Maggie Rogers went and got a Harvard degree – now, she's back with her most 'personal' lyrics yet
Maggie Rogers got the best of both worlds.
This past year, the Maryland native lived a Hannah Montana-style double life: During the week, she studied at Harvard Divinity School, earning a master’s degree in religion and public life. And on weekends, she played major festivals like Coachella, all while putting the finishing touches on her rousing second album “Surrender” (out Friday).
Juggling pop music and classwork was a no-brainer for Rogers, who craved the structure of school as she struggled with burnout in her career. Before the pandemic hit, she was touring nonstop in support of her 2019 major-label debut “Heard It in a Past Life,” which debuted at No. 2 on the Billboard 200 album chart and helped earn her a Grammy nod for best new artist.
5 things to know about viral sensation Maggie Rogers: From ‘SNL’ to wowing Pharrell
“The good news is that I had a job already after graduation,” says Rogers, 28, of enrolling at Harvard, where she graduated in May. “Learning is fun at any age and I would be happy to keep learning my whole life. I’m just a curious person.”
“Surrender” was recorded in part in her parents’ garage, which brought out “an unguardedness and intimacy,” she says. That freedom is reflected in the album’s title, with the central idea of “Surrender” being “giving over to your fullest emotions” and “finding joy as a form of rebellion.”
She was discovered in 2016 as a music student at New York University, after a video went viral of a speechless Pharrell Williams listening to her song “Alaska” during a masterclass session. She talks to USA TODAY about that breakthrough moment and sharing a release date with Beyoncé.
‘ I was stunned’: Maggie Rogers slams hecklers who sexually harassed her while performing
Question: Although you wrote and recorded most of “Surrender” before starting grad school, were there any songs inspired by what you learned?
Maggie Rogers: A lot of what I was studying was like, “What do I do with this platform I have? How can music be used as a tool to bring people together?” “Honey” was the one song I wrote at school, which is about being in a position where you’re asked to give advice a lot. The chorus says, “Honey, if I knew / I would tell you, wouldn’t I?” What I love about making music is how personal it is. Just because I’m telling you about my experience doesn’t mean I have any idea what you should do with your experience, which is actually a good tie into religion, too.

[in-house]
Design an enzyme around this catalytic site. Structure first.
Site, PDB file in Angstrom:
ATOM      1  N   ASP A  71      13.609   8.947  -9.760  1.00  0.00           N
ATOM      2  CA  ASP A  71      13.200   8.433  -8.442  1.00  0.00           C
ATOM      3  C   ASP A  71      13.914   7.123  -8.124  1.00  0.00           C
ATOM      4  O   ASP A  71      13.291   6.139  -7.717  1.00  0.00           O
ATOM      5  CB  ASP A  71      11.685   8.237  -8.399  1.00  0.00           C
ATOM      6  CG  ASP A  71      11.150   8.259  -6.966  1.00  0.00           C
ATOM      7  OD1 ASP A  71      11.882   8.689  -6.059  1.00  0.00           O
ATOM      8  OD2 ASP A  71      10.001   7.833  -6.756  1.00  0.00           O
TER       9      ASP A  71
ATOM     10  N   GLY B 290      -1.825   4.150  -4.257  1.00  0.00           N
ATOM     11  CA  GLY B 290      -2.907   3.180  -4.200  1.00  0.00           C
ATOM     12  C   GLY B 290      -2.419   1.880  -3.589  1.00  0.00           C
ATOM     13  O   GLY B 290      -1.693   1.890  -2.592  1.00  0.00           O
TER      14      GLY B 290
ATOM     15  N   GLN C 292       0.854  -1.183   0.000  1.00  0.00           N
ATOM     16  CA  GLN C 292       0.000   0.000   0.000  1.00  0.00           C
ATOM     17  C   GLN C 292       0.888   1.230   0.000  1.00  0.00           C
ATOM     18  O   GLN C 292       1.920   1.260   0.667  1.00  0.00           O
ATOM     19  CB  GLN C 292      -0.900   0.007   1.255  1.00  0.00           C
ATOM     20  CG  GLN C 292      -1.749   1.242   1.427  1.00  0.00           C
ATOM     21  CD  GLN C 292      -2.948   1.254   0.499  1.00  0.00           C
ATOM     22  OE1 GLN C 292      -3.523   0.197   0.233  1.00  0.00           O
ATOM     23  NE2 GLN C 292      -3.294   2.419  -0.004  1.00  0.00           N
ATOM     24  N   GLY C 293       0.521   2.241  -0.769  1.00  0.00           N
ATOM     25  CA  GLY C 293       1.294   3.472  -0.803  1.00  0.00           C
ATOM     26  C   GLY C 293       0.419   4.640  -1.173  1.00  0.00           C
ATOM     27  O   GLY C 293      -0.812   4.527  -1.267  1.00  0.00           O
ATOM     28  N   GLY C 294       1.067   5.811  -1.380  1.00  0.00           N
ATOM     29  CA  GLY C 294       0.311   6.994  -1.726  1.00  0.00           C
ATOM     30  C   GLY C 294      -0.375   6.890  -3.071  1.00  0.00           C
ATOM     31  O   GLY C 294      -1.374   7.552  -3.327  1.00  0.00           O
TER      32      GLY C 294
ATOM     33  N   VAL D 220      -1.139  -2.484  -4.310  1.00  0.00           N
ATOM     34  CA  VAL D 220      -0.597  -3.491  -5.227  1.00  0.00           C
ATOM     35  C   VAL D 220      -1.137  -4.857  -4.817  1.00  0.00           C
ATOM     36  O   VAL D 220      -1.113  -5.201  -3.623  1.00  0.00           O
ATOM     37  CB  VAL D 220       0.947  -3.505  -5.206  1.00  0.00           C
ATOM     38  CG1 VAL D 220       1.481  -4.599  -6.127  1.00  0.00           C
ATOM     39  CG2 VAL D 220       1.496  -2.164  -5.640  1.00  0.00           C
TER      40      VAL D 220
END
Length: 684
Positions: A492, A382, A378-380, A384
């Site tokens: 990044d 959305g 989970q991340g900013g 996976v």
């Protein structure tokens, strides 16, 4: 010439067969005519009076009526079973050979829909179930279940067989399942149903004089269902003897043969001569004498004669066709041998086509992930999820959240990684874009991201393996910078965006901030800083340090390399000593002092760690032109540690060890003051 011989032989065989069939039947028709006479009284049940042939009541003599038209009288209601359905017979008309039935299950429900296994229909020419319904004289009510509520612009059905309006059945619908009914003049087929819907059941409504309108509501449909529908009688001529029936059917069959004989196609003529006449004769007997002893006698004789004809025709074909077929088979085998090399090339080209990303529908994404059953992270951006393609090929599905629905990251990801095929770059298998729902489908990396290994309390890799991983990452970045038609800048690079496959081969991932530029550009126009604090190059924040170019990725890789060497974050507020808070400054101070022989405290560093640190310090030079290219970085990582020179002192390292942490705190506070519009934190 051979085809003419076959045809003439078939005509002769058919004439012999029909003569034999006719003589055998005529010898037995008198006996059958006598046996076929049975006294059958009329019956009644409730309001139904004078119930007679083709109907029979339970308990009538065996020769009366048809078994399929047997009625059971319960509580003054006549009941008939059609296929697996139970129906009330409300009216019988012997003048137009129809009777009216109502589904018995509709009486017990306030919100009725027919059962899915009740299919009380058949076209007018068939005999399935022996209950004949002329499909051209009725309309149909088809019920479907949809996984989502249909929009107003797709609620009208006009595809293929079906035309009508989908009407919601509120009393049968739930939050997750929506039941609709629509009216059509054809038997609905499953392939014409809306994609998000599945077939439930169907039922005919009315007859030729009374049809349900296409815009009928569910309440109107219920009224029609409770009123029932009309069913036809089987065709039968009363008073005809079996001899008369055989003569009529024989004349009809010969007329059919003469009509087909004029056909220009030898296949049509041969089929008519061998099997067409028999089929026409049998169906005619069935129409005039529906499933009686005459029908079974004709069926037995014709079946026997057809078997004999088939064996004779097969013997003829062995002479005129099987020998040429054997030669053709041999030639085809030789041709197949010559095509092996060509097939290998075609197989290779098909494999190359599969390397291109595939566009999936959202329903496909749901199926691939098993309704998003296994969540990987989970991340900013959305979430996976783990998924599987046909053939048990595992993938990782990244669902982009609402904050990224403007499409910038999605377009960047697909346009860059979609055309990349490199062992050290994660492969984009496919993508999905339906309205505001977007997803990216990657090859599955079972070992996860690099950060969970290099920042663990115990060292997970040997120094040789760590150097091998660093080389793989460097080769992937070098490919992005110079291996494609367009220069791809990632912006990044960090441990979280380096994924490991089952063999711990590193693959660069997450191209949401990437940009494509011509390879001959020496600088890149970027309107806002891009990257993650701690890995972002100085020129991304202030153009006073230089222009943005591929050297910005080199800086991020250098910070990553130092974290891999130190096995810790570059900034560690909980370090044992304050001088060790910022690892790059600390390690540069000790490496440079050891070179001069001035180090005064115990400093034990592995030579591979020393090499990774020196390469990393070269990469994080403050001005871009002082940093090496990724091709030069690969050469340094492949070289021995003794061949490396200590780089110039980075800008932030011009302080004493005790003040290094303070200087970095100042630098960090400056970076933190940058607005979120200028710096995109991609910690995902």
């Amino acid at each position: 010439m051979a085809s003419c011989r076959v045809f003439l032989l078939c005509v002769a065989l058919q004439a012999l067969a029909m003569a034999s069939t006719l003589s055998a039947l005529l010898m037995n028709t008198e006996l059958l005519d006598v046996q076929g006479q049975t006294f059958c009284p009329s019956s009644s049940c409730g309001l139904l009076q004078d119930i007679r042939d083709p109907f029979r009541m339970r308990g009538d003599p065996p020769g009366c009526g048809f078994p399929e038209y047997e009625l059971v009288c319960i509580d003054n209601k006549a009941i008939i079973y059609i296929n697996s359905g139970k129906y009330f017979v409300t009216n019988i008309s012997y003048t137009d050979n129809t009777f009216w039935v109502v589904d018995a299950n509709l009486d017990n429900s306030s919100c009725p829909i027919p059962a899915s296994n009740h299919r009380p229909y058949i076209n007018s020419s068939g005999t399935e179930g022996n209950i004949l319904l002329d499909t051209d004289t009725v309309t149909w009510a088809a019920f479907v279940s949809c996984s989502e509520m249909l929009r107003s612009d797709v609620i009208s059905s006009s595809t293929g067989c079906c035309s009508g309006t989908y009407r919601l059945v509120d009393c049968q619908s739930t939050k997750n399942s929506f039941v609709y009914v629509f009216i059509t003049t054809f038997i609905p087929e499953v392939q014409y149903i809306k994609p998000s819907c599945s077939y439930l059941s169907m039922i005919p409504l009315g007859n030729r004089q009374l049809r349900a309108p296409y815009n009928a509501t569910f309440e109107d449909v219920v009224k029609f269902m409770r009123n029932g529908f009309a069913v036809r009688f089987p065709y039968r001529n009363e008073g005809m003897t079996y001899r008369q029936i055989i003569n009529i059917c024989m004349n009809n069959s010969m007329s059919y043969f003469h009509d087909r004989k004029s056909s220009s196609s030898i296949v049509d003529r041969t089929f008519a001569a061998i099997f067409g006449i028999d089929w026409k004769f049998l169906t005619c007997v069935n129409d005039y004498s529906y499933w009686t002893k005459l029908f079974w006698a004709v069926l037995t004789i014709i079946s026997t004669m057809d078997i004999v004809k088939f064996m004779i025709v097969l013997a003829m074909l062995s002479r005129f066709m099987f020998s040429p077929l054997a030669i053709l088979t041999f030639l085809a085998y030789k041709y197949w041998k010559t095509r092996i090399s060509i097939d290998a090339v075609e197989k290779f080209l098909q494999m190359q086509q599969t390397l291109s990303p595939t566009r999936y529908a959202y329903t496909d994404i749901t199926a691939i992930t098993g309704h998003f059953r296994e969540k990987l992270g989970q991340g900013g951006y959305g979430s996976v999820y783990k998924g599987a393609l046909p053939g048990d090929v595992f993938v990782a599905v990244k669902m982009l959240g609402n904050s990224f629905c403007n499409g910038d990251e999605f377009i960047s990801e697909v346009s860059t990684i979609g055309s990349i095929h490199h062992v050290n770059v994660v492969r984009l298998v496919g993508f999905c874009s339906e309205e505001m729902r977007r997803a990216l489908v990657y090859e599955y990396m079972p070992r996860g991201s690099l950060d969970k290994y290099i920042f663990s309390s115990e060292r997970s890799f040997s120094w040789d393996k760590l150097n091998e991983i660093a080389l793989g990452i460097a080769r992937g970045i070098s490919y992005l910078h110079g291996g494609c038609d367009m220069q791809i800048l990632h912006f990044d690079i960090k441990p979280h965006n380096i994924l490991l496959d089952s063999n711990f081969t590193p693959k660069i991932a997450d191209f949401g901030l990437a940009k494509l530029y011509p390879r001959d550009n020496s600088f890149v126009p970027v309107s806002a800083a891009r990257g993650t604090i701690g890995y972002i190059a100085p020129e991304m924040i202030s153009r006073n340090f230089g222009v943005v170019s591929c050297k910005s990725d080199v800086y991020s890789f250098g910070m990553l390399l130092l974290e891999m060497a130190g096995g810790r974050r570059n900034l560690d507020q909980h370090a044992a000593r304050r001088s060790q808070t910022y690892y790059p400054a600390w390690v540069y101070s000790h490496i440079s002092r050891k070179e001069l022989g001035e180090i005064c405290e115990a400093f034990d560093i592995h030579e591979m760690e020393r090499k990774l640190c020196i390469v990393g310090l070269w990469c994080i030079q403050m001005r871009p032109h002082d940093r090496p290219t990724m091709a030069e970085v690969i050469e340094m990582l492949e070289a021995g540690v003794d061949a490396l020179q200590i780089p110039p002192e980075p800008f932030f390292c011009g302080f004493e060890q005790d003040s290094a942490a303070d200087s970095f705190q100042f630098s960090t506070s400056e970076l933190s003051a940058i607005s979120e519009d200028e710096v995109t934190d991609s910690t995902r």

Our favorite song of summer contenders: From Bad Bunny and Harry Styles to Lizzo
Q: Looking back to the viral success of “Alaska,” what was the biggest challenge of being thrust into the spotlight that way? Did it affect how you approached this album?
Rogers: In those early days, everything was so fast and intense and immediate. On this record, I got to work on it only when it felt intuitive, and then leave it for a couple months and come back. I’ve spent so much time with it that I know and love every second of it, so there are no complicated emotions.
Review: The Weeknd tour kicks off with an apocalyptic stadium rave in Philadelphia
Q: Do you still keep in touch with Pharrell?
Rogers: We have a really beautiful, faraway friendship. Of anyone in the music industry that could have opened that first door, I feel really grateful it was him. I love the way he continues to champion women’s rights and Black businesses and indigenous rights.
Q: You recently tweeted about the lack of women on the alternative charts. How do you think labels and radio stations can do better in terms of supporting female artists?
Rogers: That’s (their) responsibility to do that work and make that change. Genre sort of doesn’t exist in 2022; I love the way music is boundlessly blending together. I just want to see these spaces look as diverse as we are as people. There are so many women of all shapes, sizes and colors making great music, so I was shocked it still looks like the 1990s on there.
‘You have to draw the line’: Pat Benatar refuses to sing ‘Hit Me With Your Best Shot’ after gun violence
Q: David Byrne makes a delightful cameo in the video for “That’s Where I Am.” How did that come about?
Rogers: I just cold-emailed him and asked if he wanted to be in my video. He was like, “Yeah, I’m getting a haircut downtown around this time. Does that work?” He showed up wearing a shirt that just happened to exactly match my outfit. He’s been one of my biggest heroes, mostly in the way that he’s so wildly and wonderfully himself. So the fact that he just magically appeared was a nice reminder to always shoot your shot.
Q: You’ve seen Beyoncé in concert a bunch of times and are now sharing an album release date with “Renaissance.” Have you already started plotting how you’re going to squeeze in a listen come Friday?
Rogers: Everyone was all like, “Oh, Beyoncé, I’m so sorry.” And I’m like, “Are you kidding? I get a new Beyoncé record.” Honestly, I’ll probably spend my release day with it. The best thing about release day is that you’ve done all the (promotional) work ahead of time, so it ends up being quiet. Getting to have a long walk around New York City with fresh Beyoncé in my ears – I actually can’t imagine a better scenario.
What we know so far: Beyoncé reveals ‘Renaissance’ album track list, wants fans to ‘release the wiggle’
This article originally appeared on USA TODAY: Maggie Rogers is back with new album ‘Surrender’ and a Harvard degree
Source: Read Full Article